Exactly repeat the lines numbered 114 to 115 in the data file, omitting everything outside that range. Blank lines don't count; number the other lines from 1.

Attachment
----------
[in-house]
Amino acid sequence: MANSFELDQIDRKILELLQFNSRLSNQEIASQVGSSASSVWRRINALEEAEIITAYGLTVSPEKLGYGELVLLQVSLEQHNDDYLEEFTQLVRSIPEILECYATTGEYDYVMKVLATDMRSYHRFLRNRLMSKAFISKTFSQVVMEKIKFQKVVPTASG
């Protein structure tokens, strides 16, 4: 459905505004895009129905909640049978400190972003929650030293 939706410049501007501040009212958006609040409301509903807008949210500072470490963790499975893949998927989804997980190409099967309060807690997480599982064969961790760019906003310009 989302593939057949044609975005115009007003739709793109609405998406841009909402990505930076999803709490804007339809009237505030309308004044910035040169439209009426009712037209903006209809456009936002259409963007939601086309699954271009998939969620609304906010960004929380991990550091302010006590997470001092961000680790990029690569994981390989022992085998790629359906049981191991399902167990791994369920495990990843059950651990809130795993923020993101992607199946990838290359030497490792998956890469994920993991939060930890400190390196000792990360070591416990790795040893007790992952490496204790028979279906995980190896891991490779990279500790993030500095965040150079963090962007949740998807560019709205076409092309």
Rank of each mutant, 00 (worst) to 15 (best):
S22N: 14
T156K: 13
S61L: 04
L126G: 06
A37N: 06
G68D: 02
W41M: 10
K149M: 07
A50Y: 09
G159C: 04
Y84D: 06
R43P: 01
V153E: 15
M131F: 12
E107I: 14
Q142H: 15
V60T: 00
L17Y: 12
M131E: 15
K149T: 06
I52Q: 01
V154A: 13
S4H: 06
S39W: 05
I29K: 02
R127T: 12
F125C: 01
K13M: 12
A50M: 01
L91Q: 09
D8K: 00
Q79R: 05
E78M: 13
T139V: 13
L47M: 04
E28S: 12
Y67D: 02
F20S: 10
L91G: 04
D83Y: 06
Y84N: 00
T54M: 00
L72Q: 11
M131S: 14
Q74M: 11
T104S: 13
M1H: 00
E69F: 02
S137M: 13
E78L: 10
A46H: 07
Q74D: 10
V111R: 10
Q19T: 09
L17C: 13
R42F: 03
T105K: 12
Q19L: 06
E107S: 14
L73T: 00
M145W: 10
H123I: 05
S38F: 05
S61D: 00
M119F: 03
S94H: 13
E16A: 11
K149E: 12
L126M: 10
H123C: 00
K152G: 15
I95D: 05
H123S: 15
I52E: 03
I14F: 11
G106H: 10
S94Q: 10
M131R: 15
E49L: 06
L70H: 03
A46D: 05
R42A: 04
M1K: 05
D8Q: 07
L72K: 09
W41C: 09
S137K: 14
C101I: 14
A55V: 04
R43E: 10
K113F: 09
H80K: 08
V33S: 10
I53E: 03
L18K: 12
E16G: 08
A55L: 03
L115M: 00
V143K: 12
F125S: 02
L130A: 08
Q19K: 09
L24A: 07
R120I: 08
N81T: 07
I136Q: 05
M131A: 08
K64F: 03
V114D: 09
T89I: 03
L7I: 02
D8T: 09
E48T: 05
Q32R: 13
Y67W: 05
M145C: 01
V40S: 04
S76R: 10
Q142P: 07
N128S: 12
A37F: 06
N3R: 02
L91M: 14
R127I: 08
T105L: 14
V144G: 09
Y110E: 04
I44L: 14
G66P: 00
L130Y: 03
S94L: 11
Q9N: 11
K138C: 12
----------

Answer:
T89I: 03
L7I: 02